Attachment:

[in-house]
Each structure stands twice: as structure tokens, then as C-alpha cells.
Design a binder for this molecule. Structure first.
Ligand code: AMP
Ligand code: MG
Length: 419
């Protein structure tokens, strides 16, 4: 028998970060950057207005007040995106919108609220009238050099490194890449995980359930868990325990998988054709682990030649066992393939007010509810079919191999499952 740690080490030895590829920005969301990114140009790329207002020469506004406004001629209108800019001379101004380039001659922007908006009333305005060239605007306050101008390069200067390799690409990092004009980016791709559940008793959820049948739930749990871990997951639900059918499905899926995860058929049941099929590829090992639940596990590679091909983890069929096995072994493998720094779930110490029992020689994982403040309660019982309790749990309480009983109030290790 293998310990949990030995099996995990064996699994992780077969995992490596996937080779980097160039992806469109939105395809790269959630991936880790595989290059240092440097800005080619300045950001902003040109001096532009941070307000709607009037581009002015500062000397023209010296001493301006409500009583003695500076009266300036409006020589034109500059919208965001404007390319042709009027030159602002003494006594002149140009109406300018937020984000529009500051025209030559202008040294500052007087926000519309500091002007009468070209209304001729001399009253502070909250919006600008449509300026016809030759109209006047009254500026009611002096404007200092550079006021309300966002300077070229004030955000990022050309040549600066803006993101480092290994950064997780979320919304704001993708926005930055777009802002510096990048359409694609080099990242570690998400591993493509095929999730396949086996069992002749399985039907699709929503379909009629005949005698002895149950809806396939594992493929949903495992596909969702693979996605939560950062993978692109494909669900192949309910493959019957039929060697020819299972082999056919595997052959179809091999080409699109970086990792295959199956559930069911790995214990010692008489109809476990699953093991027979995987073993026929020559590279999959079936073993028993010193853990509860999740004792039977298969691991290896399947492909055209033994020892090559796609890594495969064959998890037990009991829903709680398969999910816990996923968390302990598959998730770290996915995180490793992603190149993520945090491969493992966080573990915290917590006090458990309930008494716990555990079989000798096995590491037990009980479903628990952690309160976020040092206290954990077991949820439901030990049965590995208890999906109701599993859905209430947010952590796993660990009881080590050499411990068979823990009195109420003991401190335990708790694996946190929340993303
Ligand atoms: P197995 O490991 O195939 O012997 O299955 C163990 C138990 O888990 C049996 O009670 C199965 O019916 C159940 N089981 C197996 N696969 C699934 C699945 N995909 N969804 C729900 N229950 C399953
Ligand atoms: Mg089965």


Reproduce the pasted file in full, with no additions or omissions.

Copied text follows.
[in-house]
Each structure stands twice: as structure tokens, then as C-alpha cells.
Design a binder for this molecule. Structure first.
Ligand code: AMP
Ligand code: MG
Length: 419
């Protein structure tokens, strides 16, 4: 028998970060950057207005007040995106919108609220009238050099490194890449995980359930868990325990998988054709682990030649066992393939007010509810079919191999499952 740690080490030895590829920005969301990114140009790329207002020469506004406004001629209108800019001379101004380039001659922007908006009333305005060239605007306050101008390069200067390799690409990092004009980016791709559940008793959820049948739930749990871990997951639900059918499905899926995860058929049941099929590829090992639940596990590679091909983890069929096995072994493998720094779930110490029992020689994982403040309660019982309790749990309480009983109030290790 293998310990949990030995099996995990064996699994992780077969995992490596996937080779980097160039992806469109939105395809790269959630991936880790595989290059240092440097800005080619300045950001902003040109001096532009941070307000709607009037581009002015500062000397023209010296001493301006409500009583003695500076009266300036409006020589034109500059919208965001404007390319042709009027030159602002003494006594002149140009109406300018937020984000529009500051025209030559202008040294500052007087926000519309500091002007009468070209209304001729001399009253502070909250919006600008449509300026016809030759109209006047009254500026009611002096404007200092550079006021309300966002300077070229004030955000990022050309040549600066803006993101480092290994950064997780979320919304704001993708926005930055777009802002510096990048359409694609080099990242570690998400591993493509095929999730396949086996069992002749399985039907699709929503379909009629005949005698002895149950809806396939594992493929949903495992596909969702693979996605939560950062993978692109494909669900192949309910493959019957039929060697020819299972082999056919595997052959179809091999080409699109970086990792295959199956559930069911790995214990010692008489109809476990699953093991027979995987073993026929020559590279999959079936073993028993010193853990509860999740004792039977298969691991290896399947492909055209033994020892090559796609890594495969064959998890037990009991829903709680398969999910816990996923968390302990598959998730770290996915995180490793992603190149993520945090491969493992966080573990915290917590006090458990309930008494716990555990079989000798096995590491037990009980479903628990952690309160976020040092206290954990077991949820439901030990049965590995208890999906109701599993859905209430947010952590796993660990009881080590050499411990068979823990009195109420003991401190335990708790694996946190929340993303
Ligand atoms: P197995 O490991 O195939 O012997 O299955 C163990 C138990 O888990 C049996 O009670 C199965 O019916 C159940 N089981 C197996 N696969 C699934 C699945 N995909 N969804 C729900 N229950 C399953
Ligand atoms: Mg089965």